The contributors to this book explore the way in which crises highlight the problematic issues of media performance in democratic states.
They examine the relationship between communication and civil society through a number of actual cases of media responses to crises', ranging from the Gulf War of 1991 to recent events in Eastern Europe. Individual examples of mediated crises emphasize the complexities of understanding the role of the media in struggles of identity around nationality, ethnicity and gender.
`[A] very useful collection of essays.... More thematically coherent than many such volumes.... The book is quite topical and readable, considering its depth; most of the authors avoid turgid jargon or intellectual dandyism.... Not just required reading for academic specialists - it is also accessible to motivated journalists and senior undergraduates. It definitely has a place as a supplementary text in courses on media/ideology, socio-political conflict, and social movements' - Canadian Journal of Communication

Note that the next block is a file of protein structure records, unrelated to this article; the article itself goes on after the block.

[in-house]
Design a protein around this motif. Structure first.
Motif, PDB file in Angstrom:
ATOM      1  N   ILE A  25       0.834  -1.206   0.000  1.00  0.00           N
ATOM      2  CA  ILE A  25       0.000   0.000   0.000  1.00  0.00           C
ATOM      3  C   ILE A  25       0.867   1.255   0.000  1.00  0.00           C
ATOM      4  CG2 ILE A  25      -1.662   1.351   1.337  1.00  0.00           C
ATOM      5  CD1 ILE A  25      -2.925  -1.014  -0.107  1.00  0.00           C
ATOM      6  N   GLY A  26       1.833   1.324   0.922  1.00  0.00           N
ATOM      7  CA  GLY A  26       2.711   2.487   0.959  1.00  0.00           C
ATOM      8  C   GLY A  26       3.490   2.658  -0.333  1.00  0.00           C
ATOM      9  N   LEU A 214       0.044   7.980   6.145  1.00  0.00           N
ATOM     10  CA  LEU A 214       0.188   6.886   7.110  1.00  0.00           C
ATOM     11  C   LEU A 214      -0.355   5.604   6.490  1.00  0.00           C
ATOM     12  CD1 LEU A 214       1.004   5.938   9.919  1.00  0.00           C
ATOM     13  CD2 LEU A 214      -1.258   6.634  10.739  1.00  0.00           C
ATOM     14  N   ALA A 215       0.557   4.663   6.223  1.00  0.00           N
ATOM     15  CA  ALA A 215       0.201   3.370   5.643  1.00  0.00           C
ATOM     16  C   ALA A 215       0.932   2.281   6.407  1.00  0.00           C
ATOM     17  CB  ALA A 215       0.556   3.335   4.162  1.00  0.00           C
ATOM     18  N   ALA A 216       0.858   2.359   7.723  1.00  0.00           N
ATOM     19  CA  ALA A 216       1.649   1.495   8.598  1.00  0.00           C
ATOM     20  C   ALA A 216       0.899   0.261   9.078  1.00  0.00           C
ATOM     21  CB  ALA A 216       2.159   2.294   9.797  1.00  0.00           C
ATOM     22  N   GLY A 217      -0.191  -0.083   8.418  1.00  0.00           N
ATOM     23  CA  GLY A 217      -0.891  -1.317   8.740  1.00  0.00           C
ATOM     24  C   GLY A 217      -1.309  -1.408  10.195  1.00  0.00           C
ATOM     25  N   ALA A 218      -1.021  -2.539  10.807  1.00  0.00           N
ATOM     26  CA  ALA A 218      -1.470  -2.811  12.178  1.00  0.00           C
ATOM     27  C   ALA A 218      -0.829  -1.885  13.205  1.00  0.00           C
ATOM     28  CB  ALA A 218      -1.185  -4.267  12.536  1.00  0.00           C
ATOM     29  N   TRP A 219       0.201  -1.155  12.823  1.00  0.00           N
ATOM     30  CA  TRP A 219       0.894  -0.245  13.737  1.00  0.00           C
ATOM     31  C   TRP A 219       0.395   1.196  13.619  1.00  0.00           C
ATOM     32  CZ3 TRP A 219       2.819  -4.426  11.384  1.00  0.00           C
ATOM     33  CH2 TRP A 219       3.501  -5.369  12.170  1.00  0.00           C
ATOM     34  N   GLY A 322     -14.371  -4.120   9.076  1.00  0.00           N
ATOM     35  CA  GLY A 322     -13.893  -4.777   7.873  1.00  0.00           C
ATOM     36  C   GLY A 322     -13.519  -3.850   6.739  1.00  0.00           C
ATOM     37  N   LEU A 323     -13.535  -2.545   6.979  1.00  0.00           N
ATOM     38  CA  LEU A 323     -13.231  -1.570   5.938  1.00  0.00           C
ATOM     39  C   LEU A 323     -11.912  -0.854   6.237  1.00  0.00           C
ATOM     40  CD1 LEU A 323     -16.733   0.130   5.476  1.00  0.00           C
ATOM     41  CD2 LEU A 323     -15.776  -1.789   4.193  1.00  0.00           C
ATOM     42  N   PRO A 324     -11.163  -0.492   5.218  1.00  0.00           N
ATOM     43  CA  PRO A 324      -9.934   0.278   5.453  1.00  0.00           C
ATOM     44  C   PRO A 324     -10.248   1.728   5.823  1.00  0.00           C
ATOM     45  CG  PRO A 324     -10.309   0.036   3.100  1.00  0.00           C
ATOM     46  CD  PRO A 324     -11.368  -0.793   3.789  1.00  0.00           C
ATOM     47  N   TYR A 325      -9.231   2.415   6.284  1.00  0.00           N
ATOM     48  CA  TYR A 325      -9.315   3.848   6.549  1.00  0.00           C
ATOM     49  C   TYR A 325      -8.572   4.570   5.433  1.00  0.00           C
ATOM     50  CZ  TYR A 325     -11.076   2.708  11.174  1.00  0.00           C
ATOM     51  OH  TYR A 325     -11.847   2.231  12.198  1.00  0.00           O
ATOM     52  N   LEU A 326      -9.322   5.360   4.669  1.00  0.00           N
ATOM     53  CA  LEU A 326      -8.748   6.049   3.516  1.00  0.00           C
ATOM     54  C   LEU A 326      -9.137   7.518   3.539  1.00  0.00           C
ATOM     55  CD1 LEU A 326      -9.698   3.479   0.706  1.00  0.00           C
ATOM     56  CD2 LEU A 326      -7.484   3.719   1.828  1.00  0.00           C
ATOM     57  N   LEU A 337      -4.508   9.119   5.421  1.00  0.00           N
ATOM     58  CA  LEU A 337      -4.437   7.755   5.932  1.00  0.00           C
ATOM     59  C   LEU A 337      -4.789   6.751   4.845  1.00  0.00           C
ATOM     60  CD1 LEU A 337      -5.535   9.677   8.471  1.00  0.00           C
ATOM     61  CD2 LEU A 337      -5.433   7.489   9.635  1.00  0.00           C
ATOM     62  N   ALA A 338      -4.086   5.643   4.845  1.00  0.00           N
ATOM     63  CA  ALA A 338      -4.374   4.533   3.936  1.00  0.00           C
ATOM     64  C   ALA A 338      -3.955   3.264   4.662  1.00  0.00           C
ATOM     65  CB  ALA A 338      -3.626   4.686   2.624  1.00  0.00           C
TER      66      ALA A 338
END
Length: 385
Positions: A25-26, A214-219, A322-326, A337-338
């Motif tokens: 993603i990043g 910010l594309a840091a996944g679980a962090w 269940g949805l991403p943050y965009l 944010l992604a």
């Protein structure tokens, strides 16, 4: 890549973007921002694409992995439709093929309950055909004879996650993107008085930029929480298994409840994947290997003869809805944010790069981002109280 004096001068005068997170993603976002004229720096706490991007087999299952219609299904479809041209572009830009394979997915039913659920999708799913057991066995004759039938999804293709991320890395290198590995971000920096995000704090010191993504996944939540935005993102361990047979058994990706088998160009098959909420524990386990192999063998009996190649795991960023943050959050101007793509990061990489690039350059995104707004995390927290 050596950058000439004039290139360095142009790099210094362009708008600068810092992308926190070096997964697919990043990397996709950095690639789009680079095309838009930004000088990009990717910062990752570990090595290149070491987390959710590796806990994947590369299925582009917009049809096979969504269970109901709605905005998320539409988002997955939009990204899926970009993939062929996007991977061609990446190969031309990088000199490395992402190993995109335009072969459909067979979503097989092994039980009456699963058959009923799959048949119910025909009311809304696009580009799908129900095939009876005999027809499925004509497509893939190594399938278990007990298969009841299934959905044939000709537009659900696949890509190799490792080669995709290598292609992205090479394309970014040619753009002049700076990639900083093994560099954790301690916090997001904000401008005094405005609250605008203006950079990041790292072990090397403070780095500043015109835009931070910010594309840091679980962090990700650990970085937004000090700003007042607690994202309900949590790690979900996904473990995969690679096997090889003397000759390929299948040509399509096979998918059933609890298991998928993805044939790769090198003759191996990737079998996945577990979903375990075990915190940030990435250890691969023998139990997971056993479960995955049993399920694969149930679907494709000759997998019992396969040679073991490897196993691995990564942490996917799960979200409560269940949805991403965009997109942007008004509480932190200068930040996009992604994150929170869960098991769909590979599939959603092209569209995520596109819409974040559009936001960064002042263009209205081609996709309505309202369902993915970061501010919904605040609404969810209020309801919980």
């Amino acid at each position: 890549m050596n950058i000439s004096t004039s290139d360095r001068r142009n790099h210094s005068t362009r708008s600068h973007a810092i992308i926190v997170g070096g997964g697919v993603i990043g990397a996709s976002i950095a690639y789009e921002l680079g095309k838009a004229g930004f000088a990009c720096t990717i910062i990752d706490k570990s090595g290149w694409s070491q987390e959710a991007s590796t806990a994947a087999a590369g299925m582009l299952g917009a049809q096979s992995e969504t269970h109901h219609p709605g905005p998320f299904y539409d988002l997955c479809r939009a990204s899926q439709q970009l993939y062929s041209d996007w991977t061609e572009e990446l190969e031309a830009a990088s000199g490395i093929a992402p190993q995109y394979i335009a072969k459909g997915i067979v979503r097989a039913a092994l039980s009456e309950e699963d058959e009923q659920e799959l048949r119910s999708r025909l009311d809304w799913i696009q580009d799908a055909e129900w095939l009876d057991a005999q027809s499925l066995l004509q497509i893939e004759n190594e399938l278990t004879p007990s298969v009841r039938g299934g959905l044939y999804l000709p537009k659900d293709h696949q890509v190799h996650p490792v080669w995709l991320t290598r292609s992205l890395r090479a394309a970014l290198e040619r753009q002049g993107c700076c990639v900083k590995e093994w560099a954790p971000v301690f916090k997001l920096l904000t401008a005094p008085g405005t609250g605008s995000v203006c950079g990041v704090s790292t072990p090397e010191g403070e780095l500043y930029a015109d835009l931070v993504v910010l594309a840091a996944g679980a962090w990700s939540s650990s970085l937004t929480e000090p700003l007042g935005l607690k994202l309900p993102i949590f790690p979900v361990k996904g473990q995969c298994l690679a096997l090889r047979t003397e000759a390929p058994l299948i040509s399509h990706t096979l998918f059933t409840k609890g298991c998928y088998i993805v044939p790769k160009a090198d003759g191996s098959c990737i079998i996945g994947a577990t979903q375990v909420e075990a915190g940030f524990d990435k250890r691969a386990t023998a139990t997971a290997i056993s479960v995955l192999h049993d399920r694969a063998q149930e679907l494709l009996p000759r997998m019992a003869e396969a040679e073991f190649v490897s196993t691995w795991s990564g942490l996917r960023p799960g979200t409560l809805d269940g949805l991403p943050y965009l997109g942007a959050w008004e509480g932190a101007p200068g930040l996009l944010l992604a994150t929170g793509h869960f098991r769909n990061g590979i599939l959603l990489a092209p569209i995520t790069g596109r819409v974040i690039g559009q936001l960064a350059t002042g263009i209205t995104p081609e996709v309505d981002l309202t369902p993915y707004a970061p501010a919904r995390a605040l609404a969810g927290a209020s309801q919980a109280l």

`Required reading for anyone with an eye on the future of government... the volume breathes new life into the debate emerging in the wake of events in France in May 1968' - Journal of Contingencies and Crisis Management
`Gives the reader a wealth of thought-provoking analyses of the concept of crisis and the relationship of the concept to society, to the governing of the body politic and to the mass media.... This book will help all students of crises, politics and the media gain greater insights' - Canadian Journal of Political Science
`An interesting and, on occasion, important discussion of the crucial relationship between media and democracy' - Political Studies
Series: Media, Culture & Society Series
Number Of Pages: 208
Published: 1st April 1992
Country of Publication: GB
Dimensions (cm): 23.39 x 15.6
Weight (kg): 0.3